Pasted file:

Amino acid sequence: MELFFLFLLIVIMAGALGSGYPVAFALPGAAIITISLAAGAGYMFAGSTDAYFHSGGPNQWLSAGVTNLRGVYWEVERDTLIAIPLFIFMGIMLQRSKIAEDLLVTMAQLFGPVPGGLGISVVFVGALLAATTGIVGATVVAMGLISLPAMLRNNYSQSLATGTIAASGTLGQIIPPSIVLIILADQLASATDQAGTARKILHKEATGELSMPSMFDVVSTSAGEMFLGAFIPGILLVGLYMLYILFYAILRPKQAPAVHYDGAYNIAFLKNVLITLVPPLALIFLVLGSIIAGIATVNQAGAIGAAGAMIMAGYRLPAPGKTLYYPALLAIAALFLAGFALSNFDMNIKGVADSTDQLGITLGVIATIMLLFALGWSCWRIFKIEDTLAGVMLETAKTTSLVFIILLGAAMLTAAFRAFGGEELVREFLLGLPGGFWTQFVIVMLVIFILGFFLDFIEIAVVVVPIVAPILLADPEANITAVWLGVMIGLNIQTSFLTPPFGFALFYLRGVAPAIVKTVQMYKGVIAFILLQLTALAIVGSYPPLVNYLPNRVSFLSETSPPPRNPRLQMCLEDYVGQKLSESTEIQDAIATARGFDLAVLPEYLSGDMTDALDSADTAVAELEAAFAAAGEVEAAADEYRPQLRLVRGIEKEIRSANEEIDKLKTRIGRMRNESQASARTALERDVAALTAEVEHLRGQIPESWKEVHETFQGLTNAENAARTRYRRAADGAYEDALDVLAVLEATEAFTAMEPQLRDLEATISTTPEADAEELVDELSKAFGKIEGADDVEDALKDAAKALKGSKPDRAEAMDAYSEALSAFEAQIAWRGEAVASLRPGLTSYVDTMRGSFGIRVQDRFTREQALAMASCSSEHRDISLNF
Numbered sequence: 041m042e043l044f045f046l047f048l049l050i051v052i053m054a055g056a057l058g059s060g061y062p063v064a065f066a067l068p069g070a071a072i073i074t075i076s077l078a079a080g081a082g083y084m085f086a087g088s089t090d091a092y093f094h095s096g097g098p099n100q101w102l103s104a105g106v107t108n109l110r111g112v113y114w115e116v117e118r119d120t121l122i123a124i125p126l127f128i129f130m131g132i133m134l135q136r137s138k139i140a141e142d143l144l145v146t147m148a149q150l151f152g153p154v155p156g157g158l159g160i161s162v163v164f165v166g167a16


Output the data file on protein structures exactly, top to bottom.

Amino acid sequence: MELFFLFLLIVIMAGALGSGYPVAFALPGAAIITISLAAGAGYMFAGSTDAYFHSGGPNQWLSAGVTNLRGVYWEVERDTLIAIPLFIFMGIMLQRSKIAEDLLVTMAQLFGPVPGGLGISVVFVGALLAATTGIVGATVVAMGLISLPAMLRNNYSQSLATGTIAASGTLGQIIPPSIVLIILADQLASATDQAGTARKILHKEATGELSMPSMFDVVSTSAGEMFLGAFIPGILLVGLYMLYILFYAILRPKQAPAVHYDGAYNIAFLKNVLITLVPPLALIFLVLGSIIAGIATVNQAGAIGAAGAMIMAGYRLPAPGKTLYYPALLAIAALFLAGFALSNFDMNIKGVADSTDQLGITLGVIATIMLLFALGWSCWRIFKIEDTLAGVMLETAKTTSLVFIILLGAAMLTAAFRAFGGEELVREFLLGLPGGFWTQFVIVMLVIFILGFFLDFIEIAVVVVPIVAPILLADPEANITAVWLGVMIGLNIQTSFLTPPFGFALFYLRGVAPAIVKTVQMYKGVIAFILLQLTALAIVGSYPPLVNYLPNRVSFLSETSPPPRNPRLQMCLEDYVGQKLSESTEIQDAIATARGFDLAVLPEYLSGDMTDALDSADTAVAELEAAFAAAGEVEAAADEYRPQLRLVRGIEKEIRSANEEIDKLKTRIGRMRNESQASARTALERDVAALTAEVEHLRGQIPESWKEVHETFQGLTNAENAARTRYRRAADGAYEDALDVLAVLEATEAFTAMEPQLRDLEATISTTPEADAEELVDELSKAFGKIEGADDVEDALKDAAKALKGSKPDRAEAMDAYSEALSAFEAQIAWRGEAVASLRPGLTSYVDTMRGSFGIRVQDRFTREQALAMASCSSEHRDISLNF
Numbered sequence: 041m042e043l044f045f046l047f048l049l050i051v052i053m054a055g056a057l058g059s060g061y062p063v064a065f066a067l068p069g070a071a072i073i074t075i076s077l078a079a080g081a082g083y084m085f086a087g088s089t090d091a092y093f094h095s096g097g098p099n100q101w102l103s104a105g106v107t108n109l110r111g112v113y114w115e116v117e118r119d120t121l122i123a124i125p126l127f128i129f130m131g132i133m134l135q136r137s138k139i140a141e142d143l144l145v146t147m148a149q150l151f152g153p154v155p156g157g158l159g160i161s162v163v164f165v166g167a16